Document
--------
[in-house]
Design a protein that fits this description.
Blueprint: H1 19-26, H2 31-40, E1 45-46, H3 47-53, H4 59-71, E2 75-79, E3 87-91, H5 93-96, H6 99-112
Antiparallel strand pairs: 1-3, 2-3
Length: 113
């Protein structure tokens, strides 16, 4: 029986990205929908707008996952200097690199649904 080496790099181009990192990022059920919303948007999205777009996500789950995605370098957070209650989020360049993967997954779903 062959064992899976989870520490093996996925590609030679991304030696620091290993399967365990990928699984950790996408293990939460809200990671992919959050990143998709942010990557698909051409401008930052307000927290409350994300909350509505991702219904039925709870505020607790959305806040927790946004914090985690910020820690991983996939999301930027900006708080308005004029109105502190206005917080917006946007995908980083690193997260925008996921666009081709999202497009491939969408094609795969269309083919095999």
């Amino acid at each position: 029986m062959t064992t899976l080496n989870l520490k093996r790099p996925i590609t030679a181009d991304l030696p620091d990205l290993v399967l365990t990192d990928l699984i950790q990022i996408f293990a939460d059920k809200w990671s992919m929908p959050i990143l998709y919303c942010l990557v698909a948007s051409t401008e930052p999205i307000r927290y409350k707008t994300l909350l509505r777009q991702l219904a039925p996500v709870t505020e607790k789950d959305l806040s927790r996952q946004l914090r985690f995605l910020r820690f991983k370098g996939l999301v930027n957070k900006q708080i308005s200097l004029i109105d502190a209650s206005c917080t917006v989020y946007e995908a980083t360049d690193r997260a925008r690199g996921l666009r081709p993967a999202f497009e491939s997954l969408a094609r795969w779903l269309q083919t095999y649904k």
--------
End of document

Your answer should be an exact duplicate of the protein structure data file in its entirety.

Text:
[in-house]
Design a protein that fits this description.
Blueprint: H1 19-26, H2 31-40, E1 45-46, H3 47-53, H4 59-71, E2 75-79, E3 87-91, H5 93-96, H6 99-112
Antiparallel strand pairs: 1-3, 2-3
Length: 113
């Protein structure tokens, strides 16, 4: 029986990205929908707008996952200097690199649904 080496790099181009990192990022059920919303948007999205777009996500789950995605370098957070209650989020360049993967997954779903 062959064992899976989870520490093996996925590609030679991304030696620091290993399967365990990928699984950790996408293990939460809200990671992919959050990143998709942010990557698909051409401008930052307000927290409350994300909350509505991702219904039925709870505020607790959305806040927790946004914090985690910020820690991983996939999301930027900006708080308005004029109105502190206005917080917006946007995908980083690193997260925008996921666009081709999202497009491939969408094609795969269309083919095999």
């Amino acid at each position: 029986m062959t064992t899976l080496n989870l520490k093996r790099p996925i590609t030679a181009d991304l030696p620091d990205l290993v399967l365990t990192d990928l699984i950790q990022i996408f293990a939460d059920k809200w990671s992919m929908p959050i990143l998709y919303c942010l990557v698909a948007s051409t401008e930052p999205i307000r927290y409350k707008t994300l909350l509505r777009q991702l219904a039925p996500v709870t505020e607790k789950d959305l806040s927790r996952q946004l914090r985690f995605l910020r820690f991983k370098g996939l999301v930027n957070k900006q708080i308005s200097l004029i109105d502190a209650s206005c917080t917006v989020y946007e995908a980083t360049d690193r997260a925008r690199g996921l666009r081709p993967a999202f497009e491939s997954l969408a094609r795969w779903l269309q083919t095999y649904k």